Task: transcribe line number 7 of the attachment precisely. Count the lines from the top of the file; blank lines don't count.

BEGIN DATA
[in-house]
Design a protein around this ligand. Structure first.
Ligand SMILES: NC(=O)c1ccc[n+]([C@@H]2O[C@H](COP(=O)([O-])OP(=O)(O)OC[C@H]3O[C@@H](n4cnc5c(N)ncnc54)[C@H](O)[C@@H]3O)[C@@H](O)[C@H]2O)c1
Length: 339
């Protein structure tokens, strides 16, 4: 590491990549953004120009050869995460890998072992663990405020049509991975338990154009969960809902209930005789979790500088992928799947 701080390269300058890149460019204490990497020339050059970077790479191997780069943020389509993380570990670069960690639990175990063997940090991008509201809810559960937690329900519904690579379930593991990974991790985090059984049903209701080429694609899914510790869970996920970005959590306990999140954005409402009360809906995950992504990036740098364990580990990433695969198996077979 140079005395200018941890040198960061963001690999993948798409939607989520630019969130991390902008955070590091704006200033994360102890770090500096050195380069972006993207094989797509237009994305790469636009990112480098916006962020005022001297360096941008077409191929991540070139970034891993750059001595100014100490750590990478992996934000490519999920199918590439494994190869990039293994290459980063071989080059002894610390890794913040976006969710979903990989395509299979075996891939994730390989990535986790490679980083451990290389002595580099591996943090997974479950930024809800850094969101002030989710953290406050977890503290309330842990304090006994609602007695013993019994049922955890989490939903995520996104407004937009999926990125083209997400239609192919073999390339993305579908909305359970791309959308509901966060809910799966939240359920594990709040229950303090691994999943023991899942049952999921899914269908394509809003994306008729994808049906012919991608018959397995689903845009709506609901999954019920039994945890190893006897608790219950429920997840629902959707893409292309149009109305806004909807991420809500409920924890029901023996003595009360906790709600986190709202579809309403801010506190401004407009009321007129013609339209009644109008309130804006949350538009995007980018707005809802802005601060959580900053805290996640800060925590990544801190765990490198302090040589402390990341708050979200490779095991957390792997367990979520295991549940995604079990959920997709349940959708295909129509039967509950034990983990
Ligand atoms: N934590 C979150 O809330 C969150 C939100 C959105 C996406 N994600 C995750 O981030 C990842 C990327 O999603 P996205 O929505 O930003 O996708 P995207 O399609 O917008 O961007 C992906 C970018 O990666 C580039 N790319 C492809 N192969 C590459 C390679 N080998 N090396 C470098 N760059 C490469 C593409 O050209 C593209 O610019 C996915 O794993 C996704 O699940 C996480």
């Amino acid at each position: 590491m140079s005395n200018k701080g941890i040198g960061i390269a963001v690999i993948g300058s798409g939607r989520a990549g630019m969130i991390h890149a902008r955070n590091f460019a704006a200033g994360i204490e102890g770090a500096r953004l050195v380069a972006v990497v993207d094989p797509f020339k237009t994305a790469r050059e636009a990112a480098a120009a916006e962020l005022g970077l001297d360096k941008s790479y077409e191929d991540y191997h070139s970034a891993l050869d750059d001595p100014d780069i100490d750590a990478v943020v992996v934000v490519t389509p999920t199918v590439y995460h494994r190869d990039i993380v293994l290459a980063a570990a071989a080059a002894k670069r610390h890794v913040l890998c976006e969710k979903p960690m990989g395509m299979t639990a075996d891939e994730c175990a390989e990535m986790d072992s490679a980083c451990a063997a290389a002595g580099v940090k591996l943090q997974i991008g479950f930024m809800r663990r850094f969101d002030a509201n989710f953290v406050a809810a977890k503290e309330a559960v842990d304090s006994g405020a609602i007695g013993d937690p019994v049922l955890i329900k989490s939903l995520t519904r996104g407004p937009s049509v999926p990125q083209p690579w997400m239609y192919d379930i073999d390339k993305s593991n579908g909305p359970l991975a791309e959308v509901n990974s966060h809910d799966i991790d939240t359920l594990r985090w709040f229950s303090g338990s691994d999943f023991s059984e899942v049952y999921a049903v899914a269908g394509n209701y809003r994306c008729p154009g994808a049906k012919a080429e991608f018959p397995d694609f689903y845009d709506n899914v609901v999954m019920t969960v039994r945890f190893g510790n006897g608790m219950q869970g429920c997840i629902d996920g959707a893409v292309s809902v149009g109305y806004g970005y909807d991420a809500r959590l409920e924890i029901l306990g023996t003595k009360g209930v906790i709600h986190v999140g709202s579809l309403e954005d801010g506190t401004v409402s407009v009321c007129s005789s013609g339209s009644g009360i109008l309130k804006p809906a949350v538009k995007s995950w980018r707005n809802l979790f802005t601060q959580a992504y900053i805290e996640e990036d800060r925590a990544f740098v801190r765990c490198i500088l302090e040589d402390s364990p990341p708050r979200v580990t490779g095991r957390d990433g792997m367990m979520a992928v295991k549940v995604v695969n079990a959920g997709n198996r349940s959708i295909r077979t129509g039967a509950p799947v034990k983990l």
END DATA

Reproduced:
């Amino acid at each position: 590491m140079s005395n200018k701080g941890i040198g960061i390269a963001v690999i993948g300058s798409g939607r989520a990549g630019m969130i991390h890149a902008r955070n590091f460019a704006a200033g994360i204490e102890g770090a500096r953004l050195v380069a972006v990497v993207d094989p797509f020339k237009t994305a790469r050059e636009a990112a480098a120009a916006e962020l005022g970077l001297d360096k941008s790479y077409e191929d991540y191997h070139s970034a891993l050869d750059d001595p100014d780069i100490d750590a990478v943020v992996v934000v490519t389509p999920t199918v590439y995460h494994r190869d990039i993380v293994l290459a980063a570990a071989a080059a002894k670069r610390h890794v913040l890998c976006e969710k979903p960690m990989g395509m299979t639990a075996d891939e994730c175990a390989e990535m986790d072992s490679a980083c451990a063997a290389a002595g580099v940090k591996l943090q997974i991008g479950f930024m809800r663990r850094f969101d002030a509201n989710f953290v406050a809810a977890k503290e309330a559960v842990d304090s006994g405020a609602i007695g013993d937690p019994v049922l955890i329900k989490s939903l995520t519904r996104g407004p937009s049509v999926p990125q083209p690579w997400m239609y192919d379930i073999d390339k993305s593991n579908g909305p359970l991975a791309e959308v509901n990974s966060h809910d799966i991790d939240t359920l594990r985090w709040f229950s303090g338990s691994d999943f023991s059984e899942v049952y999921a049903v899914a269908g394509n209701y809003r994306c008729p154009g994808a049906k012919a080429e991608f018959p397995d694609f689903y845009d709506n899914v609901v999954m019920t969960v039994r945890f190893g510790n006897g608790m219950q869970g429920c997840i629902d996920g959707a893409v292309s809902v149009g109305y806004g970005y909807d991420a809500r959590l409920e924890i029901l306990g023996t003595k009360g209930v906790i709600h986190v999140g709202s579809l309403e954005d801010g506190t401004v409402s407009v009321c007129s005789s013609g339209s009644g009360i109008l309130k804006p809906a949350v538009k995007s995950w980018r707005n809802l979790f802005t601060q959580a992504y900053i805290e996640e990036d800060r925590a990544f740098v801190r765990c490198i500088l302090e040589d402390s364990p990341p708050r979200v580990t490779g095991r957390d990433g792997m367990m979520a992928v295991k549940v995604v695969n079990a959920g997709n198996r349940s959708i295909r077979t129509g039967a509950p799947v034990k983990l």